Bibliopedia is an open source, semantic wiki research platform designed to crawl scholarly resources including JSTOR, the Library of Congress, the Arts and Humanities Citation Index, and similar data sources, extract metadata about works cited, convert that data into a semantic web format, aggregate the different repositories, then display the results on a wiki-style website for the scholarly community to verify, add to, annotate, elaborate, and discuss.
This online tool can be used for a wide variety of annotation tasks, including visualization and collaboration.
brat is designed in particular for structured annotation, where the notes are not freeform text but have a fixed form that can be automatically processed and "interpreted" by a computer. brat also supports the annotation of n-ary associations that can link together any number of other annotations participating in specific roles. brat also implements a number of features relying on natural language processing techniques to support human annotation efforts.
Coggle is a simple, beautiful way of structuring information that you can use to collaborate in real-time with others.
It supports LaTeX and Markdown formatting (use LaTeX via the \\( \\) or \\[ \\] escape sequences), images can be added by drag & drop, you can view the change history of each diagram, and documents can be downloaded as PDFs or images.
Confluence is enterprise wiki software, available either for installation on a local server or via cloud hosting. Open source projects can request a free license. Confluence integrates with other Atlassian products like JIRA.
DM is an environment for the study and annotation of images and texts. It is a suite of tools, enabling scholars to gather and organize the evidence necessary to support arguments based in digitized resources. DM enables users to mark fragments of interest in manuscripts, print materials, photographs, etc. and provide commentary on these resources and the relationships among them.
Dropbox is a free service that lets you bring all your photos, docs, and videos anywhere. This means that any file you save to your Dropbox will automatically save to all your computers, phones and even the Dropbox website.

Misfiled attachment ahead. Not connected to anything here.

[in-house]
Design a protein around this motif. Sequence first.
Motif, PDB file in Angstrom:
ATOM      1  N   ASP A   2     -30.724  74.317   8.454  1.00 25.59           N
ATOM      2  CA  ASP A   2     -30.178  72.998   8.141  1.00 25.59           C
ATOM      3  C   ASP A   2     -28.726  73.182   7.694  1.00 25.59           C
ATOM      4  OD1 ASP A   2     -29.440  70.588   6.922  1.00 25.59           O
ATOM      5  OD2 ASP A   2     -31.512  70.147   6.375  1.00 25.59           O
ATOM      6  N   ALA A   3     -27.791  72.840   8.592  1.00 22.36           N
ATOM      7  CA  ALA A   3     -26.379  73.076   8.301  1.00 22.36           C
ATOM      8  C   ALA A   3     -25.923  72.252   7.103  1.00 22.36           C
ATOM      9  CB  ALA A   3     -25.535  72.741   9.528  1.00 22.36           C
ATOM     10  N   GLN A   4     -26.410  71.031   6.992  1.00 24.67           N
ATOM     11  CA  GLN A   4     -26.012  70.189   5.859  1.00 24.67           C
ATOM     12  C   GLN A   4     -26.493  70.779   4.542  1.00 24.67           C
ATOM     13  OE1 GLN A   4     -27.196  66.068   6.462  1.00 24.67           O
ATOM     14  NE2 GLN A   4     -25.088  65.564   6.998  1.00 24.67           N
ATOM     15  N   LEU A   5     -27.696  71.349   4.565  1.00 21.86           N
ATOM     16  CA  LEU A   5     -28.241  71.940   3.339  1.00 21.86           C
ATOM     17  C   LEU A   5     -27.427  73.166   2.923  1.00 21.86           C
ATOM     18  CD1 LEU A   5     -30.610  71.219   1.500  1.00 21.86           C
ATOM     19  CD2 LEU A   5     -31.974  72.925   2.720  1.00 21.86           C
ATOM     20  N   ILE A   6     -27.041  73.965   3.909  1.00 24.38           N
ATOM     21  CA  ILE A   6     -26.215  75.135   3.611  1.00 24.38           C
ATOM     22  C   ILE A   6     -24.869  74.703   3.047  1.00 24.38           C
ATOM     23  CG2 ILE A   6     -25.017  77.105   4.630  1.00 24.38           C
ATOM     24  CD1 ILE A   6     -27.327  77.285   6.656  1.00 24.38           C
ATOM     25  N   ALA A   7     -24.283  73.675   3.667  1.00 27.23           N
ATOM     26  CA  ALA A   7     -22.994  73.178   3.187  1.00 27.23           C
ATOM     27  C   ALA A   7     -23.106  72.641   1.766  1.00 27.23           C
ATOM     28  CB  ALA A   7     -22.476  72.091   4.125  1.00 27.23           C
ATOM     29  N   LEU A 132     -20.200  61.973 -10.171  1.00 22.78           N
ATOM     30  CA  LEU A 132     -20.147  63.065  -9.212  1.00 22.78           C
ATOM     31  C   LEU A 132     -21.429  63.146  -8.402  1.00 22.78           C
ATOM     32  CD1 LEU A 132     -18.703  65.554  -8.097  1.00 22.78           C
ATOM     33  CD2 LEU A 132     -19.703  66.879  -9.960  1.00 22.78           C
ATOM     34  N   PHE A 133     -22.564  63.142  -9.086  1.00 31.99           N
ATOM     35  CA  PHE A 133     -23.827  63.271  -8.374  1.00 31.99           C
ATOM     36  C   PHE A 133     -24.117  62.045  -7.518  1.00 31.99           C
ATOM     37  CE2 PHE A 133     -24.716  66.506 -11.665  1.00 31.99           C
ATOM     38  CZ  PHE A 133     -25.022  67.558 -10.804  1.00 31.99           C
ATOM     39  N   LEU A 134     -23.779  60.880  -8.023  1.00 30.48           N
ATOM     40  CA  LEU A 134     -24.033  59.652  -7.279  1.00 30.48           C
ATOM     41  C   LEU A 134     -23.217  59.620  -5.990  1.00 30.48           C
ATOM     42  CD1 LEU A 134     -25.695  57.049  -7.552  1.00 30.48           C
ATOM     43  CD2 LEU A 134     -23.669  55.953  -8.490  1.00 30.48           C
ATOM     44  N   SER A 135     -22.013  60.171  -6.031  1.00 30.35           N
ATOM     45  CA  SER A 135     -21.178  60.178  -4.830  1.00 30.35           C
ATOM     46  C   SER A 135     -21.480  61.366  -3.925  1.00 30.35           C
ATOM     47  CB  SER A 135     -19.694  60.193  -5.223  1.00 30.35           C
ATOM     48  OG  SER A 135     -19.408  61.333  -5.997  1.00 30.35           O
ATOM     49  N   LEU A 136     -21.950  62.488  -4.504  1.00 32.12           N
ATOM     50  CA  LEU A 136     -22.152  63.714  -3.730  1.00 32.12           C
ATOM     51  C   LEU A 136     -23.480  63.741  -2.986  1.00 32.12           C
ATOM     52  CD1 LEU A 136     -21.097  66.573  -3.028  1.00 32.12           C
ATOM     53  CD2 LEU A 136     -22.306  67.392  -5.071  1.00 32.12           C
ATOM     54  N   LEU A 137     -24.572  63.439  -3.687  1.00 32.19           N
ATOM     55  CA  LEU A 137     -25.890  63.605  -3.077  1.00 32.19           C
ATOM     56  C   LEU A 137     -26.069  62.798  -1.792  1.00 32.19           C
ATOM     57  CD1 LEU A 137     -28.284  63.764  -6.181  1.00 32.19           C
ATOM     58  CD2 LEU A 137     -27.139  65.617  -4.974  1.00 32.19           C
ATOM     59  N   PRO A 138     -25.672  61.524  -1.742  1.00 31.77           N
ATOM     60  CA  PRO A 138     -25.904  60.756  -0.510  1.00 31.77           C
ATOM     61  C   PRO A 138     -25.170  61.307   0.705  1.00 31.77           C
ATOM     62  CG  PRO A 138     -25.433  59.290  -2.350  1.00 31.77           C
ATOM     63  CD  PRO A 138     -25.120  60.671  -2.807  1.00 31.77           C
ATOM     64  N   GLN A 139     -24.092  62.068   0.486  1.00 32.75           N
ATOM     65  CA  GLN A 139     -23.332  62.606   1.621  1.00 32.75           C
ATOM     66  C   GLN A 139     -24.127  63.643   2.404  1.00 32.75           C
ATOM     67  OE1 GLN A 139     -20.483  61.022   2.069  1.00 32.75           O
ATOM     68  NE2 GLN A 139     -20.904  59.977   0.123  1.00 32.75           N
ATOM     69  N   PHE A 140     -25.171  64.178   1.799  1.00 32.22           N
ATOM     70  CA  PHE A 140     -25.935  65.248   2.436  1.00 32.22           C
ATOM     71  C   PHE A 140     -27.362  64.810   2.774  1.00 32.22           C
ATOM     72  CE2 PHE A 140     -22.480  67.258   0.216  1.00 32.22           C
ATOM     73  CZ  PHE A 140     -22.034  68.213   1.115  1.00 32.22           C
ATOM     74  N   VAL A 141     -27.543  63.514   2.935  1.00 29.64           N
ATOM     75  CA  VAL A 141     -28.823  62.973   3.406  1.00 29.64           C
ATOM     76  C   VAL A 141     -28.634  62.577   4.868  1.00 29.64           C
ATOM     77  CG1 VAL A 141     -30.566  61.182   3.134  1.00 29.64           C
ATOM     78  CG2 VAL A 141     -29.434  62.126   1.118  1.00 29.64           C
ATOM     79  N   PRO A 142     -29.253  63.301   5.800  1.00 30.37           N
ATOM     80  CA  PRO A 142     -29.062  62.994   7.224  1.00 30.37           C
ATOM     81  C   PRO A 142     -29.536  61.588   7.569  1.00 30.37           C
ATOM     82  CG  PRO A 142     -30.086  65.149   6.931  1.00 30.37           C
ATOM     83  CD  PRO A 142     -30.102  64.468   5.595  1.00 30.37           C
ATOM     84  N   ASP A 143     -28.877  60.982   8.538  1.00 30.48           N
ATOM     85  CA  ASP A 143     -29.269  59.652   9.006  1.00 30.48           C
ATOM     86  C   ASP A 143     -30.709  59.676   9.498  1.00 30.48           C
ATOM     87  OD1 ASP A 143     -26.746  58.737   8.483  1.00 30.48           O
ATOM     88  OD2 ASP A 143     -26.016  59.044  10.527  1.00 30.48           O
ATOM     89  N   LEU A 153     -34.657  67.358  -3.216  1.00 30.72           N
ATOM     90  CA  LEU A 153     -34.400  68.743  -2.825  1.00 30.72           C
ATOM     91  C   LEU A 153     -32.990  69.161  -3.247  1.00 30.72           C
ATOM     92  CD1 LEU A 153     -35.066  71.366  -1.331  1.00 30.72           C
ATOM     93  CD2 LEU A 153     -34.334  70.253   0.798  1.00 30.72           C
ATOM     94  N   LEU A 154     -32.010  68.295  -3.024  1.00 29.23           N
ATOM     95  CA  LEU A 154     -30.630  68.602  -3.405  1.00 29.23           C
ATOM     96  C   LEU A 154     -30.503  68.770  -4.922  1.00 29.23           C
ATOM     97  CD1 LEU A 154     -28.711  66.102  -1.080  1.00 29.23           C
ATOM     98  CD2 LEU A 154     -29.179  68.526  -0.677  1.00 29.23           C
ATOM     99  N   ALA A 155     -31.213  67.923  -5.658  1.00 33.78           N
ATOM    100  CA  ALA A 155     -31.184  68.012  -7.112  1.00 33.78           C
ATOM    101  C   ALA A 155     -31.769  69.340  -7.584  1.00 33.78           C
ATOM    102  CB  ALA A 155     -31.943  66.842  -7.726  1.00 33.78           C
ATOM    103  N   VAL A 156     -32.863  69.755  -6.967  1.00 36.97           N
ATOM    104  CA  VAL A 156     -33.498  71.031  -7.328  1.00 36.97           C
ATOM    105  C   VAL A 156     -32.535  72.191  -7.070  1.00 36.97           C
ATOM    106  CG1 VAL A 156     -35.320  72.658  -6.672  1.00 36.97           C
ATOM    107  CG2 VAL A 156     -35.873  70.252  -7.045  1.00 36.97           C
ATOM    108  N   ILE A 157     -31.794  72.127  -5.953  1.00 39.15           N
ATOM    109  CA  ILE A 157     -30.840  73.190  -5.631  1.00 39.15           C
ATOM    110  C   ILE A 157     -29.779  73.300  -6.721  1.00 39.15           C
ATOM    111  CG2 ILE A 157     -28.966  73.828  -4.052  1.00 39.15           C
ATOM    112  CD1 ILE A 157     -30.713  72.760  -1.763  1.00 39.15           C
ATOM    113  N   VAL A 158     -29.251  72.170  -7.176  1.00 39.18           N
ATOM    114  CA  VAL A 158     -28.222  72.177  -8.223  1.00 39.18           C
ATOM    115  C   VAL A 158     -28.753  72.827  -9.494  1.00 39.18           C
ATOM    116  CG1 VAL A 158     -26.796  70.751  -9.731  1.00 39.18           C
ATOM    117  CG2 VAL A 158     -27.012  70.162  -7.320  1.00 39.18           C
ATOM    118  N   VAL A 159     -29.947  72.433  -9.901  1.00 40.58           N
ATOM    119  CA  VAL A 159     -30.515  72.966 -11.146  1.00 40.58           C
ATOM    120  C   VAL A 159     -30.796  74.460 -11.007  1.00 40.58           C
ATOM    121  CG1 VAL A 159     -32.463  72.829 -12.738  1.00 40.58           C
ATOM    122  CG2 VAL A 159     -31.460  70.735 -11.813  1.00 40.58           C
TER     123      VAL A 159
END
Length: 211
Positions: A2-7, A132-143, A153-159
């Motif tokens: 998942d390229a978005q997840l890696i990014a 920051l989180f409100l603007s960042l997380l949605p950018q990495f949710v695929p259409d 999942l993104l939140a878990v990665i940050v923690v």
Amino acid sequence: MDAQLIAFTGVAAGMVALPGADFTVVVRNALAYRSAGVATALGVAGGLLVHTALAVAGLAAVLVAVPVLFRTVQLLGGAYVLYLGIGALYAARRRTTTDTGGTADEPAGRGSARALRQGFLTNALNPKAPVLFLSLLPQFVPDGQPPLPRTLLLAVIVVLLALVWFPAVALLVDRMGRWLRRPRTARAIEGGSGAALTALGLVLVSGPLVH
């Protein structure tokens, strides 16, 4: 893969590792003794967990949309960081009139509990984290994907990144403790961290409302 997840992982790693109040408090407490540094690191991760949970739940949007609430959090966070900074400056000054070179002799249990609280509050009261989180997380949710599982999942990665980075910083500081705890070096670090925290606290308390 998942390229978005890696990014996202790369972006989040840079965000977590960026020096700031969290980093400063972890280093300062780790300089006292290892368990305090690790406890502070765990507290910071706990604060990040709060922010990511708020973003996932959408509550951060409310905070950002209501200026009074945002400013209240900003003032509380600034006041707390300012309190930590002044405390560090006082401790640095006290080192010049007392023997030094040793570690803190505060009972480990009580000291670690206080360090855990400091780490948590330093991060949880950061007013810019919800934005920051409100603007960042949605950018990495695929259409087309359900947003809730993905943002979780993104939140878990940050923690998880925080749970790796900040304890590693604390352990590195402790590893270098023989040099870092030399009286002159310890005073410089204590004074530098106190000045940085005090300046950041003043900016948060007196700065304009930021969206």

Editors' Notes is an open-source, web-based tool for recording, organizing, preserving, and opening access to research notes, built with the needs of documentary editing projects, archives, and library special collections in mind.
Evernote is note-taking software in the cloud, with options for private and shared notebooks. Users can take text notes, and upload files to attach them to notes. Evernote has built-in OCR for images with printed or handwritten text. A premium account allows access to notebooks offline, as well as more storage and embedded PDF search.
FromThePage is free software that allows volunteers to transcribe handwritten documents on-line. It's easy to index and annotate subjects within a text using a simple, wiki-like mark-up. Users can discuss difficult writing or obscure words within a page to refine their transcription. The resulting text is hosted on the web, making documents easy to read and search.
Google Docs is an online environment for editing and sharing documents, spreadsheets, presentations, forms, drawings, and tables. Google Docs documents can be public or private, or shared with anyone with a Google account.
A web-based cloud storage service where files saved in the Drive folder are automatically synced to all of your other devices (ie desktop, laptop, mobile) with Drive. Offers free and paid accounts - the free account comes with 5GB of space. Drive is also the new platform for Google Docs.
HUBzero is a web publication platform intended for research software and educational materials. HUBzero's most distinctive traits are a built-in environment that can run software that scholars have developed within the browser, a tool development area, the ability to post web-based presentations associated with tools.